By Marilyn Lester . . .
When you’re an actress, a vocalist that handles musical theater as well as opera, and have a resemblance to a world-famous legend of the opera world, what do you do? If you’re Shelley Cooper, you create the one-woman work, La Divina: The Last Interview of Maria Callas. It’s an award-winning show (Pick of the Fringe, Hollywood Fringe 2021; and Best Individual Performance in a Drama, Orlando Fringe 2021), and its one-night-only performance at the United Solo Theatre Festival proved why.
The subject of Cooper’s presentation, Maria Callas (December 2, 1923 – September 16, 1977) has been portrayed many times in popular culture. Despite her fame and successes, the diva—nicknamed the Divine One, or La Divina—led a continuously troubled life, so there’s plenty of research from which to draw, which is one of the benefits of selecting Callas as a subject. Yet, Cooper, with such a wide palette to choose from, has chosen wisely, targeting excellent main points to zero in on, and building a fairly complete picture of it.
Indeed, Callas did grant an interview to journalist Mike Wallace, known for his tough, nothing-is-sacred interview approach. And so, for the TV program, “60 Minutes,” on February 3, 1974, Wallace conducted the interview (viewable on YouTube) at her home in Paris. Wallace, true to form, didn’t hesitate to ask La Divina about “walk-outs and sicknesses and affairs and anger and jealousy” before asking, “what’s the drama?” As a monologue, Cooper is, in a sense, both Wallace and Callas. But the skill she exhibits is to be Callas responding to the question, which implies a present figure in the interviewer. She does this seamlessly, allowing us to imagine and believe in the presence of Wallace. In fact, shortly before the interview, Callas had moved to Paris, withdrawing from the world at large. From that time until her death from an apparent heart attack at age 53, she effectively had become a recluse.
Being an operatic singer with a glorious voice herself, Cooper peppers La Divina with arias that Callas was known for. The first was “O mio babbino caro” (“Oh, my dear papa”) from the comic opera Gianni Schicchi (Giacomo Puccini). The aria, one of the most famous and recognizable in the world, was not in Callas’ opera repertoire, but was one she sang mainly at concerts. Cooper made an excellent choice with this one, giving us something very familiar and exceptionally beautiful as a means of drawing us into the presentation and into Callas’ life.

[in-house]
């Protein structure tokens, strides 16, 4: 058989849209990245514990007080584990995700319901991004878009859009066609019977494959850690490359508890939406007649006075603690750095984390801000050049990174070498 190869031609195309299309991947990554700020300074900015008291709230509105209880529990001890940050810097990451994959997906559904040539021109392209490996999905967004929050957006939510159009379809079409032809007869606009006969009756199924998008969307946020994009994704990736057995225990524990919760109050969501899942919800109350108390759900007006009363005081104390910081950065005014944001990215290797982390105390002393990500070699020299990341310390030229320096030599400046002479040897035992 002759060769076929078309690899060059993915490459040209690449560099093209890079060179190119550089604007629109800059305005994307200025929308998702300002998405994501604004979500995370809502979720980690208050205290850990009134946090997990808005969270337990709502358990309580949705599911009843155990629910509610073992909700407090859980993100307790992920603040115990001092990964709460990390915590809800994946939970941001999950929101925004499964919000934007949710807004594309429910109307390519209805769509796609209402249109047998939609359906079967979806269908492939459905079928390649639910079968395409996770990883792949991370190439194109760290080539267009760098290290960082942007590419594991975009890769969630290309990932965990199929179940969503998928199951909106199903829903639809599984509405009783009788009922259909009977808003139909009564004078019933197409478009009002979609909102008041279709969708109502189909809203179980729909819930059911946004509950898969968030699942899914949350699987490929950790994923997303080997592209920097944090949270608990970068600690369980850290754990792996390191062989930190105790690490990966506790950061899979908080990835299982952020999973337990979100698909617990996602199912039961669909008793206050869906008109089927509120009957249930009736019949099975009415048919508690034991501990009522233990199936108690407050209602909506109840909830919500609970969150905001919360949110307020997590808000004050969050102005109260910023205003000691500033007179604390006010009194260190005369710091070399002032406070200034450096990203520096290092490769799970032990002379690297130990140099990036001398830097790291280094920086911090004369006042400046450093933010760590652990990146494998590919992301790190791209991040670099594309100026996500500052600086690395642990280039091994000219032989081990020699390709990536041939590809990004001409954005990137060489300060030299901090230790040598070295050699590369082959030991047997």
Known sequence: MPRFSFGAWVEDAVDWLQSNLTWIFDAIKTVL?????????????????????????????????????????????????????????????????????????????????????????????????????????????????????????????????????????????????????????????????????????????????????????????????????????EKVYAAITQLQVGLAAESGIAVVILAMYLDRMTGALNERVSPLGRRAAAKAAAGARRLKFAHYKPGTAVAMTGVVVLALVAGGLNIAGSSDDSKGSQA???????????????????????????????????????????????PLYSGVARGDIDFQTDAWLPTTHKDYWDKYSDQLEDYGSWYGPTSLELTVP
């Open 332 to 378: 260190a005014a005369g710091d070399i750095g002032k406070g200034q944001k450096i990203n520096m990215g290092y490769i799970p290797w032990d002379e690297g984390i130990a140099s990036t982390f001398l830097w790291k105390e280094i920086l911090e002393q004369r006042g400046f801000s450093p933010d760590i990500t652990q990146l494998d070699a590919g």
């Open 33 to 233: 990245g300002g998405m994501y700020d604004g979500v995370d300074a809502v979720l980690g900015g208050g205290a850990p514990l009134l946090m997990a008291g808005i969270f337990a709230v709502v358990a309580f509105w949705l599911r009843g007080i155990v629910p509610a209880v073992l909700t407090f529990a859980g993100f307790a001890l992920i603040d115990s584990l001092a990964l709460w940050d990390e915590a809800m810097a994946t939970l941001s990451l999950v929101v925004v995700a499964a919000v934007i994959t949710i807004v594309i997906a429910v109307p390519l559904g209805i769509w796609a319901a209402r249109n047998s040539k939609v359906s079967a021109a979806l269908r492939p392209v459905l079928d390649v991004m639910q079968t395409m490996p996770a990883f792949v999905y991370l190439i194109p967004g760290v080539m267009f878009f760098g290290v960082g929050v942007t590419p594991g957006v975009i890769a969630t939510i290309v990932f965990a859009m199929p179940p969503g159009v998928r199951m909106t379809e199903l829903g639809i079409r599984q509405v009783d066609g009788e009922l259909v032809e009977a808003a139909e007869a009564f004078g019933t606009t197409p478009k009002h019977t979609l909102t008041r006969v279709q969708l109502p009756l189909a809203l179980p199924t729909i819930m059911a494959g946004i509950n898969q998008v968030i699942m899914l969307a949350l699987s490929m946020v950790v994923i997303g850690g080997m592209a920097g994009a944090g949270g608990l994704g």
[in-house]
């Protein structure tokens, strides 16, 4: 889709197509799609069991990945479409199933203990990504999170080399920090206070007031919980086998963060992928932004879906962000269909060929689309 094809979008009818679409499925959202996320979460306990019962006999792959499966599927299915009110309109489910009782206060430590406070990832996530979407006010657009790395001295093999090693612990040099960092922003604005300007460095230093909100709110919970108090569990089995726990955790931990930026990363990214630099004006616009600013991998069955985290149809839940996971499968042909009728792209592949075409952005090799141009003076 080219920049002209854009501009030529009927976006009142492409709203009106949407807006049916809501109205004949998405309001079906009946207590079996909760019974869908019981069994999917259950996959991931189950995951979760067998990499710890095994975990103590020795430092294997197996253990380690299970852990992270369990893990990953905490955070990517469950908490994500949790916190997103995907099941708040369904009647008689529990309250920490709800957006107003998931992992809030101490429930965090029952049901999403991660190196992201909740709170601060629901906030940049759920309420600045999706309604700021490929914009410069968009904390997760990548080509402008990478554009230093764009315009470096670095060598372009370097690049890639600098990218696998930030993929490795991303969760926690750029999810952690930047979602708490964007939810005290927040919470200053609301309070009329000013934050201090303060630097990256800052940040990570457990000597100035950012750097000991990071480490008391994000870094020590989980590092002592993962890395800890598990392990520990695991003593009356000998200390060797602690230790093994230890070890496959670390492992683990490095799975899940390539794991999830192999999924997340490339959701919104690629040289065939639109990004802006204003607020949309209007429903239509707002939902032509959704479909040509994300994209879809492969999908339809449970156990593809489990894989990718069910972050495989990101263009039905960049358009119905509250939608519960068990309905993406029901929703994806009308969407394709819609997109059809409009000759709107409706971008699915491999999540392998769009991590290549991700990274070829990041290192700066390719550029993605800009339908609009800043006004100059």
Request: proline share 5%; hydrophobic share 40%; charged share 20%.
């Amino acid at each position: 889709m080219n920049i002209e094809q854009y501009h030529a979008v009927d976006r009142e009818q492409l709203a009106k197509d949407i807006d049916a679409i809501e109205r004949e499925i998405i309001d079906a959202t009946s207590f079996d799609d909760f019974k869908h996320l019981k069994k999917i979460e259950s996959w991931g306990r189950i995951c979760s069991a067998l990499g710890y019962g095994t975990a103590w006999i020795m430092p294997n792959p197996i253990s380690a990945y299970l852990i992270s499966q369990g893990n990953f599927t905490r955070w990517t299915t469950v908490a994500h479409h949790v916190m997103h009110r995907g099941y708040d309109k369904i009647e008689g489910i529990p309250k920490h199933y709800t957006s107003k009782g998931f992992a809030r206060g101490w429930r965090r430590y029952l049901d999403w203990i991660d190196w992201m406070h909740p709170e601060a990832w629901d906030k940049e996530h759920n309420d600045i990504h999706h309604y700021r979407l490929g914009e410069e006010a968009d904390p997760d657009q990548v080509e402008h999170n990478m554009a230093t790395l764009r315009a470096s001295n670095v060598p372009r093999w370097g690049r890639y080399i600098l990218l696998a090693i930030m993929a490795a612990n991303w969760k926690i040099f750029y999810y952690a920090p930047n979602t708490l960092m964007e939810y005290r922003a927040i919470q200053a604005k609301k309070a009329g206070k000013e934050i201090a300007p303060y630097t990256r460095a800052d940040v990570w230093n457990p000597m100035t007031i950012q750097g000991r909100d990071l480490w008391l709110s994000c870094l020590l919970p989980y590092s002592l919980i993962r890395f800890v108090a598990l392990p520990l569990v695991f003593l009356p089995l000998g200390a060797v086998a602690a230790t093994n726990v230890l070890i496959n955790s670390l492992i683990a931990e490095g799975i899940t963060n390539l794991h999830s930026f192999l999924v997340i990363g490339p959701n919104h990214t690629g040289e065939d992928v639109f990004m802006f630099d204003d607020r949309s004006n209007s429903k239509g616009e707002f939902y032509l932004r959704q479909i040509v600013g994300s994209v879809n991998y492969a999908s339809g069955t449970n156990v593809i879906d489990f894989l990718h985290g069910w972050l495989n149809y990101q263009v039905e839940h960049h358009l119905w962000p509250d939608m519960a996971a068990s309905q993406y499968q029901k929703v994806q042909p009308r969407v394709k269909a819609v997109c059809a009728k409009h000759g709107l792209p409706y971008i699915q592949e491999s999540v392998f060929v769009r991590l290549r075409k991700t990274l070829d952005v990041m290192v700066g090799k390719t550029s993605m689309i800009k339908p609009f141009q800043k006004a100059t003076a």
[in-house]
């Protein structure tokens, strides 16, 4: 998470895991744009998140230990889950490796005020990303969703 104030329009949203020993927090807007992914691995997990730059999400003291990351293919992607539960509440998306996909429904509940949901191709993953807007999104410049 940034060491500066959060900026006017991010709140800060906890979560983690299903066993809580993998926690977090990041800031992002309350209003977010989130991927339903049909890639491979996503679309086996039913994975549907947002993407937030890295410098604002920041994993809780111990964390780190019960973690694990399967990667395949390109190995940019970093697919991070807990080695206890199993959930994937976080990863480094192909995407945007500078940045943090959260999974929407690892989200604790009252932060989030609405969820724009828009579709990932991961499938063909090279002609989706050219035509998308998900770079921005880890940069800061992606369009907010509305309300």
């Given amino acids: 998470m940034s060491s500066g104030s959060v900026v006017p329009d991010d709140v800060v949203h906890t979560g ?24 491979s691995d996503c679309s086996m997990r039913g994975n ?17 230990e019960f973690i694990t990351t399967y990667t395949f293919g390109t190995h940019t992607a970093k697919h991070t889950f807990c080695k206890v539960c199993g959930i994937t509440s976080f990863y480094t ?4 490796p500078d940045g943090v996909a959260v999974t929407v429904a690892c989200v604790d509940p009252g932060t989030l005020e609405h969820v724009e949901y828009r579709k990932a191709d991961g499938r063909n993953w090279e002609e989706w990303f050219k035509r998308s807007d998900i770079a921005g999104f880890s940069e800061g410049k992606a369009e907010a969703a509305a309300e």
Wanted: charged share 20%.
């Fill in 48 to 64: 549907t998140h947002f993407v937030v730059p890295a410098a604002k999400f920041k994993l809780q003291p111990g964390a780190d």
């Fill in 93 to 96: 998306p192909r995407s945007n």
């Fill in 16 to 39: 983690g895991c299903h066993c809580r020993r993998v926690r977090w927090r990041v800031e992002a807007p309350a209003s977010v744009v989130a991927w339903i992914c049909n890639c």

Yet, to some degree, La Divina isn’t an easy show; and that’s down to Callas herself. Her reputation was one of a troublesome diva—haughty and difficult. In his portrayal of her in 1995’s Broadway play, Master Class, Terrence McNally presented her as a larger-than-life, caustic and commanding pedagogue with an ability to be humorous at the same time. Master Class ends with a monologue about sacrifice taken for art, a thread woven into Cooper’s La Divina. Cooper’s challenge was to give humanity to the diva. She indeed presented vulnerability in her Callas, but a touch more of that, as well as humor, would have been welcome.
During her life, Callas was controversial, as was the nature and quality of her voice. It was huge, with a range that both bothered and inspired. She defied classification—but her voice was distinct. And what Cooper understood and portrayed well in La Divina was Callas’ focus on being an actress as well as a vocalist. In fact, critics sometimes dismissed her as being merely an actress. Callas considered herself first a musician, an instrument of the orchestra. With other works foremost in Callas’ repertoire—“Libiamo” (La Traviata), “Habanera” (Carmen), “Una Voce Poco Fa” (Il Barbiere di Siviglia)—Cooper splendidly gave a musical taste of the diva’s greatness and of the body of work that made her legendary.
Tragically, and for reasons still disputed, Callas suffered a vocal decline that cut short her operatic career at age 40. She did make a comeback briefly with Tosca, and Cooper’s “Vissi d’Arte” illustrates well this phase of the diva’s life. By the end of La Divina, Cooper’s Callas has recognized her career is finished, among other disappointments. She says, “I’m at peace with myself. I don’t cry, I cope.” This statement puts a button on the presentation and summation of an intelligent and affecting portrayal of La Divina. Ending the show with a reprise of “O mio babbino caro” was both touching and definitive.